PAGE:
Yup, I’m bringing back Elaine, Jackie and Pat for another vacation together. They’re going to be “agri-tourists” in Connecticut, staying at a fictional resort on a fictional farm and getting into all sorts of trouble as they milk cows, take cooking classes, interact with the chefs and other guests and – you guessed it – solve another mystery. Who will be marked for murder in this one? Stay tuned.

 

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When Research Is a Pleasure, Part 6

July 29th, 2014 by

me and Bill 2

For this installment of my grand research adventure in Connecticut, I donned a green apron for a cooking class at the famed Silo Cooking School in New Milford. I was a volunteer during a corporate team building class of seven executives from an IT company in Manhattan. Our leader was chef Bill Cosgrove whose Upper Crust Cucina Italiana restaurant is practically a local landmark. (In the photo above, Bill is teaching me how to make balsamic syrup.)

The menu for the corporate group’s feast was an ambitious one, but Chef Bill made it all look easy and by the end of the day I not only believed I could cook the various courses at home but sampled dishes I’d never tried before.

Like for instance, our appetizer…

appetizers finished

It was called a sformato, a savory custard made with pureed asparagus, eggs, Parmesan cheese and a bechamel sauce, poured into ramekins and baked, then unmolded and served on top of arugula with a bit of crispy bacon on top with a drizzle of my balsamic syrup. It was beyond delicious – light and fluffy and out of this world.

The pasta course – in Italian cooking there’s always a pasta course – the group made tortellini in beef brodo (brodo is Italian for a rich beef broth).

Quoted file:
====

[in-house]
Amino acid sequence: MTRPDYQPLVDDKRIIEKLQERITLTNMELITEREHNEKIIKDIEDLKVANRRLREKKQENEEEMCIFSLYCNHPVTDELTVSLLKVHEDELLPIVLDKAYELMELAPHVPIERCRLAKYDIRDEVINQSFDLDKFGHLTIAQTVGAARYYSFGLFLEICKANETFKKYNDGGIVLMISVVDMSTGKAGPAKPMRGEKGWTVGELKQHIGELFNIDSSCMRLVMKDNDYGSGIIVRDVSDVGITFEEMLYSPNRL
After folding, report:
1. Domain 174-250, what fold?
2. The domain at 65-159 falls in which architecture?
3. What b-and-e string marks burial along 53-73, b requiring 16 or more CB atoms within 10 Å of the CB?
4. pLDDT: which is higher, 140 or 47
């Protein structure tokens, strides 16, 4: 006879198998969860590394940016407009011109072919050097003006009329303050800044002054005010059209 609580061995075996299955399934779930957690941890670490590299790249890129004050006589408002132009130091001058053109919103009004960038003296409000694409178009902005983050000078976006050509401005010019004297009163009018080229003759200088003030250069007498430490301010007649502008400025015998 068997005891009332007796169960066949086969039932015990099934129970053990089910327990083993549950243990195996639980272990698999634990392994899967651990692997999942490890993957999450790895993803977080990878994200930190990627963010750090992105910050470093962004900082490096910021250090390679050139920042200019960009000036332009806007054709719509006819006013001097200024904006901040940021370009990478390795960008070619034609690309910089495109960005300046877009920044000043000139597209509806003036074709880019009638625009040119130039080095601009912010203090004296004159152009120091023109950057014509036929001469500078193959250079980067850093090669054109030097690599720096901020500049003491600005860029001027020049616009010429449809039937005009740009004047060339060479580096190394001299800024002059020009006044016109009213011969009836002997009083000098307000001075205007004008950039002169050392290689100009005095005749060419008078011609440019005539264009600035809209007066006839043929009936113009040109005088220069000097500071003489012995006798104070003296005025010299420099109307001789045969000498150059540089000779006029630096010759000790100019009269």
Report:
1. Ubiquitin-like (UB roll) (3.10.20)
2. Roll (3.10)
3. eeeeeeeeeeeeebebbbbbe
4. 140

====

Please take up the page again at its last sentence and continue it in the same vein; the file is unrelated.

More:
tortellini presentation
Chef Bill demonstrated how to make pasta and it was eye opening.

Bill pasta machine 2

But it was the main course that was truly the show stopper: butterflied pork tenderloin stuffed with a pesto of basil, pistachios and Parmesan cheese, reconstituted figs and layers of proscuitto and arugula. Behold.

finished pork with jus

Bill showed everybody how to make it happen – from stuffing the pork…

Bill stuffing pork with arugula

to searing it on the stove…

Bill searing pork 2

to slicing it once it’s out of the oven.

cutting finished pork

It was past my usual lunch time at this point and I was dying to pop the entire tenderloin in my mouth, but I restrained myself. Actually, while the corporate group ate each course in the Silo’s dining area…

dining pre-guests

Michael and I, along with the Silo’s executive director Liba Fuhrman and assistant director Nancy Stuart, sampled everything back in the kitchen. Yummmmmm.

But a meal like we were lucky enough to enjoy had to be finished off with a superb sweet treat, and ours was a cherry and almond clafoutis, a rustic tart-like dessert made by baking cherries in a custard-type batter.

dessert closeup

It was topped with homemade vanilla gelato.